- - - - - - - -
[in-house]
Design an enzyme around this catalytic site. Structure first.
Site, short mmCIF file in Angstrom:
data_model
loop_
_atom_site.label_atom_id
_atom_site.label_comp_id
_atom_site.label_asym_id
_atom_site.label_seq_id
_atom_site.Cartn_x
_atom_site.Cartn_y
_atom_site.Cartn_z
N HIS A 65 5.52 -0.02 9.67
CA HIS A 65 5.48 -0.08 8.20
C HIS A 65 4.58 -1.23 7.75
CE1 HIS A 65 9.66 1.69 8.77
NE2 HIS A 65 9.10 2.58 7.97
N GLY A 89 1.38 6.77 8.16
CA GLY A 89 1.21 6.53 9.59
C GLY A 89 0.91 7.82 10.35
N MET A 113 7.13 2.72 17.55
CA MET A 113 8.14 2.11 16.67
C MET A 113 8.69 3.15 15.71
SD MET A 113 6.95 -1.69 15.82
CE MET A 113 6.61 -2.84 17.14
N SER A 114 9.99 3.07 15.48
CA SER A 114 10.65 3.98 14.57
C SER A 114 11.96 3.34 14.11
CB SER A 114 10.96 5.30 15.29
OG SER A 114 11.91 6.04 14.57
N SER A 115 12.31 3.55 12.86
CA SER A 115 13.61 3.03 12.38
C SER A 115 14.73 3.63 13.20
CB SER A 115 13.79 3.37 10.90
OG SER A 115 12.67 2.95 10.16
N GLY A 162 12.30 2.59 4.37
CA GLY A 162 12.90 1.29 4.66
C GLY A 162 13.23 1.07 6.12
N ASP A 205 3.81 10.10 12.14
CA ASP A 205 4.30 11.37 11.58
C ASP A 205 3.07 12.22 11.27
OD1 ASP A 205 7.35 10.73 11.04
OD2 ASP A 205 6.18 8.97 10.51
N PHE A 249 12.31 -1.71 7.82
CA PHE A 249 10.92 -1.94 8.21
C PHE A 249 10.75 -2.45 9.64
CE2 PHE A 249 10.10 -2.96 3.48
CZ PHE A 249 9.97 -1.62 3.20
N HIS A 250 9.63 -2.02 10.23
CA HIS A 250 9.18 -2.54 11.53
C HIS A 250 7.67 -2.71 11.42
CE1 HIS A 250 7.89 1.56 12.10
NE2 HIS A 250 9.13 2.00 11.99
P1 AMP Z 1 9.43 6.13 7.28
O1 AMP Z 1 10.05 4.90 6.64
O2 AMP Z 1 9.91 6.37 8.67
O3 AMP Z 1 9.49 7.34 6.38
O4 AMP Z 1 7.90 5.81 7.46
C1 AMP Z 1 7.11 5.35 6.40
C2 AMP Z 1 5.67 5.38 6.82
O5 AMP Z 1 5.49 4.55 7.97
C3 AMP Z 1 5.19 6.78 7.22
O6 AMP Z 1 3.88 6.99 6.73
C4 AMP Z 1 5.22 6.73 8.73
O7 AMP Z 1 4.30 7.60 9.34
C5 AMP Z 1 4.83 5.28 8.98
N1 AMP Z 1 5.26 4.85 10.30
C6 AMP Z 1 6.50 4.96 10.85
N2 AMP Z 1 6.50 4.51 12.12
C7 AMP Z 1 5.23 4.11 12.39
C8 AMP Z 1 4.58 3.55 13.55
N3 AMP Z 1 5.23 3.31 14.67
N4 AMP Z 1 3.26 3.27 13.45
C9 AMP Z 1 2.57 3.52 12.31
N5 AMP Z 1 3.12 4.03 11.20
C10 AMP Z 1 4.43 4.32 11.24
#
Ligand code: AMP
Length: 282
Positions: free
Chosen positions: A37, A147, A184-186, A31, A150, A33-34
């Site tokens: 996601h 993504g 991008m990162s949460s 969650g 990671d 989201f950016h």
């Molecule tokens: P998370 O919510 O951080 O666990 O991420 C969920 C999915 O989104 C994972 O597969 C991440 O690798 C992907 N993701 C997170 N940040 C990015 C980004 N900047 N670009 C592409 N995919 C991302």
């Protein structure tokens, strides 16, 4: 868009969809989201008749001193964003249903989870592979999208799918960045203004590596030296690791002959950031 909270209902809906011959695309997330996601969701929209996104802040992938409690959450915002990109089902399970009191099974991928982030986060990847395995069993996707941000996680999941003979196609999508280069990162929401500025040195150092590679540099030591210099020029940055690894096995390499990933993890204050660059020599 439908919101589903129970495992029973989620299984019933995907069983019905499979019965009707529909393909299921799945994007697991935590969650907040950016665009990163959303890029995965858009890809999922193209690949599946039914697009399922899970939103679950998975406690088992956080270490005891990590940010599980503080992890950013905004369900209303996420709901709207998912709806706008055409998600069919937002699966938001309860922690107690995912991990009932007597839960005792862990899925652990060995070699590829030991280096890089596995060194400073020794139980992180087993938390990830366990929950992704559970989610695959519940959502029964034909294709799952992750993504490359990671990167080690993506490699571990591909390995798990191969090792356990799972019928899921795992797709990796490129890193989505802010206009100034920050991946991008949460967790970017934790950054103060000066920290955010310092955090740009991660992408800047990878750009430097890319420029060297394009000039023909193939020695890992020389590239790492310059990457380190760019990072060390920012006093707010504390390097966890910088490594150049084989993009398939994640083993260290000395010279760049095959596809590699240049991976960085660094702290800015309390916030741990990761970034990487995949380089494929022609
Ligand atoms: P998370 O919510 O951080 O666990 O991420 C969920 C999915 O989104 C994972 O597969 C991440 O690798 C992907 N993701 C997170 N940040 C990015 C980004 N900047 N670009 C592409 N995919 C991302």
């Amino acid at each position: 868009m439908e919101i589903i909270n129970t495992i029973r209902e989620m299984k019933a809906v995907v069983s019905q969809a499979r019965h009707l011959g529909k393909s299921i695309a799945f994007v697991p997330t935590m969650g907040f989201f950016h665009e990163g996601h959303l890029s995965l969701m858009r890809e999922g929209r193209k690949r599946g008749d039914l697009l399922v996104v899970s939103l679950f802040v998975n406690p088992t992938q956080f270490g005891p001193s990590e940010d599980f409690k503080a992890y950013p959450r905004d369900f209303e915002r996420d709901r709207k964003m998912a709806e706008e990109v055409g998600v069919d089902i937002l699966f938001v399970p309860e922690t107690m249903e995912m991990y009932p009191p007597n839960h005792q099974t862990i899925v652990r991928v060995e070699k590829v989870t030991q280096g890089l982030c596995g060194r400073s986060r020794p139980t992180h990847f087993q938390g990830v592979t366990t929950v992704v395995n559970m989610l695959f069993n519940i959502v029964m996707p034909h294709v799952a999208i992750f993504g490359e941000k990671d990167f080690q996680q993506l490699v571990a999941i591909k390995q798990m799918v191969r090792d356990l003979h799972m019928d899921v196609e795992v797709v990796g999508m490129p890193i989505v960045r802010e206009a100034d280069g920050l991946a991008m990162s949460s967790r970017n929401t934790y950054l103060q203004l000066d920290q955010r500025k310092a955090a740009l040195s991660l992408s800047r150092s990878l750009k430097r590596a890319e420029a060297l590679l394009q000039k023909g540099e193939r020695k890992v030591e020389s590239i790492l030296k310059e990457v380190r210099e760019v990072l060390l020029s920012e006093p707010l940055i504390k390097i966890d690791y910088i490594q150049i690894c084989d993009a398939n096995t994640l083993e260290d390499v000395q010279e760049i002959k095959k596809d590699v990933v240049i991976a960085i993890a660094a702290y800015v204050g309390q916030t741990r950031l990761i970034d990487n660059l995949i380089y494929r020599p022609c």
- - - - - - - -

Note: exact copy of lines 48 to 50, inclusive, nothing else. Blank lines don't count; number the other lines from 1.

CZ PHE A 249 9.97 -1.62 3.20
N HIS A 250 9.63 -2.02 10.23
CA HIS A 250 9.18 -2.54 11.53